Since the first time our anonymous mothers and fathers illustrated the first image of the hordes of bulls on the walls of the caves, not only did they learn that art has the ability to ‘express’ but they also noticed their own unique power to observe and illustrate the wildness around them.
The simultaneousness of the discoveries allowed them to slowly learn and use their innate intelligence to come out of the caves, end the neighboring with the animals to build civilization, and run from the fearful life in the lawless nature that shamelessly afflicts the residents of the wilderness. Yet from Minotaur to Centaur, from werewolves to vampires or goblins who appear upon humans with their hooves and frighten them; sometimes the animals whom we abandoned in hope of a better future pay us a visit and for a moment remind us of the dread of living in the unruly nature. With their half human-half animal bodies, not only they are all memoirs of the animalistic side of all of us, abandoned in the caves; but they are also demonstrations of the dread we left behind in those caves, which seems to be haunting us .like an eternal curse The inner animal can be a picture of all of these; a reflection of any personal fear, or an obscure memory of the past that has remained in our recollection like a free natural dream in the caves. Yet doubtlessly it is an image of a small belief, that art is undeniably connected to our innermost needs; the very thing that contemporary art tries desperately to forget.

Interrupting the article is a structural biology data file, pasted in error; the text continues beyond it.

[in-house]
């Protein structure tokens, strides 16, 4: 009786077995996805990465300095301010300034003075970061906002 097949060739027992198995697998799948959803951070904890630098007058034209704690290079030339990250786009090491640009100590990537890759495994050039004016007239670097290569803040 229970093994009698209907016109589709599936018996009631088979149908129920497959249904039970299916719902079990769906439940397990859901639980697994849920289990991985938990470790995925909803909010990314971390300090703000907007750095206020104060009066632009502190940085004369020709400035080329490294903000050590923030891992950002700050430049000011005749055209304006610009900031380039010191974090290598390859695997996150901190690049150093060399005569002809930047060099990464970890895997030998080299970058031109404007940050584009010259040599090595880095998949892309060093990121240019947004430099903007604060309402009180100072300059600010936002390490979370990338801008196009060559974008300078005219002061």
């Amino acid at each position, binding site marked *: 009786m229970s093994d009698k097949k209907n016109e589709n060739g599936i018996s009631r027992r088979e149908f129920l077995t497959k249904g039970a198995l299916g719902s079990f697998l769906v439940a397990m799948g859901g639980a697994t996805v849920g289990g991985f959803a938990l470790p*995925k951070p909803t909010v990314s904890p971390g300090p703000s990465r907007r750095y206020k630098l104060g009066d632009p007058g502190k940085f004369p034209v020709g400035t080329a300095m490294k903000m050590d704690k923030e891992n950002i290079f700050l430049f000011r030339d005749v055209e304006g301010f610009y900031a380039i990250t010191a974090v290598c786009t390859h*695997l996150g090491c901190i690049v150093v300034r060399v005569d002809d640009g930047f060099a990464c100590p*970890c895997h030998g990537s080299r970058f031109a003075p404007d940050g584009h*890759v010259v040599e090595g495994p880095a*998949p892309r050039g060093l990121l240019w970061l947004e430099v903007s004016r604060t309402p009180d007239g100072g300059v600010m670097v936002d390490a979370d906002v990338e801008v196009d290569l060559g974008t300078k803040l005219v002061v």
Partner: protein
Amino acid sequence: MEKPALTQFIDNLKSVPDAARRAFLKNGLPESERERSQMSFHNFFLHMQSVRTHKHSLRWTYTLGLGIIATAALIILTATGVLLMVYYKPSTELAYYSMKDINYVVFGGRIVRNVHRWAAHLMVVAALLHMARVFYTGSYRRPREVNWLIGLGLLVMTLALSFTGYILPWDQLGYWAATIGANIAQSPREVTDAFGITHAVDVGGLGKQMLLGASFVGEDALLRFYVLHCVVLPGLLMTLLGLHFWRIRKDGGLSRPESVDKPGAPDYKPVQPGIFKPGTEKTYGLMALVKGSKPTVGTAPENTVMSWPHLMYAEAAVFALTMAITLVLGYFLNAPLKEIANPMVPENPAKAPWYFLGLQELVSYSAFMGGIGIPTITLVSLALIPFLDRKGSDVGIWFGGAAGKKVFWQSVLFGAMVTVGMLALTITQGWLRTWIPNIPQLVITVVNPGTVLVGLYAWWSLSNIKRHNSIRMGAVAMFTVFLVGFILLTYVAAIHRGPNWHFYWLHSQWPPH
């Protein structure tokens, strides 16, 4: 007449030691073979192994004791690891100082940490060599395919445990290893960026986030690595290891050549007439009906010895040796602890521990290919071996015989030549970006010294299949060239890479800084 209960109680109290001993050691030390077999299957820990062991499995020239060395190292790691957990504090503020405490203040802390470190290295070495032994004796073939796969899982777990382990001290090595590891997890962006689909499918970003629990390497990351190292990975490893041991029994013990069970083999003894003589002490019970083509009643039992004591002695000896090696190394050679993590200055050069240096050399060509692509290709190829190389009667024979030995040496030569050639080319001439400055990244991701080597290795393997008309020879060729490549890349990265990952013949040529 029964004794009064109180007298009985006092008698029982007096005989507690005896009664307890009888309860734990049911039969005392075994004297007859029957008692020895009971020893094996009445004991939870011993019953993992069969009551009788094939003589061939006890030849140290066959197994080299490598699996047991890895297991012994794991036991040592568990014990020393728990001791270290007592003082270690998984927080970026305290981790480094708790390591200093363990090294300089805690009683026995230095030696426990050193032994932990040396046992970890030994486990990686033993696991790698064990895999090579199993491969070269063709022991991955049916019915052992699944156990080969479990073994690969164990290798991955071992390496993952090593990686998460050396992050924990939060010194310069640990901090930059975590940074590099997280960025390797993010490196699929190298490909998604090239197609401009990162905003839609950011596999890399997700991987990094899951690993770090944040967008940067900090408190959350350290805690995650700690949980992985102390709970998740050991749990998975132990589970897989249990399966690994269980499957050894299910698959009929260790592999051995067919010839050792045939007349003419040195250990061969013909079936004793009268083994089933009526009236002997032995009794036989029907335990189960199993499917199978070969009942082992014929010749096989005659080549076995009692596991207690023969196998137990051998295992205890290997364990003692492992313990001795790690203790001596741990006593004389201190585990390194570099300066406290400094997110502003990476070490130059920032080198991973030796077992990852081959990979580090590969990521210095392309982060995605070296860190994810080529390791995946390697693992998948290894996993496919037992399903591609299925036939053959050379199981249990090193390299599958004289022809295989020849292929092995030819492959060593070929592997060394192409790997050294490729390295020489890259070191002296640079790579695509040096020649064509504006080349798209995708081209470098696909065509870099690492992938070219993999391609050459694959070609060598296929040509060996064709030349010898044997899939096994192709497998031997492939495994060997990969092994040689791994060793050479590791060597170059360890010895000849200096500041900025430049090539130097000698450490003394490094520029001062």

“Sogol & Joubeen Studio curated this exhibition in collaboration with Hafez Rouhani”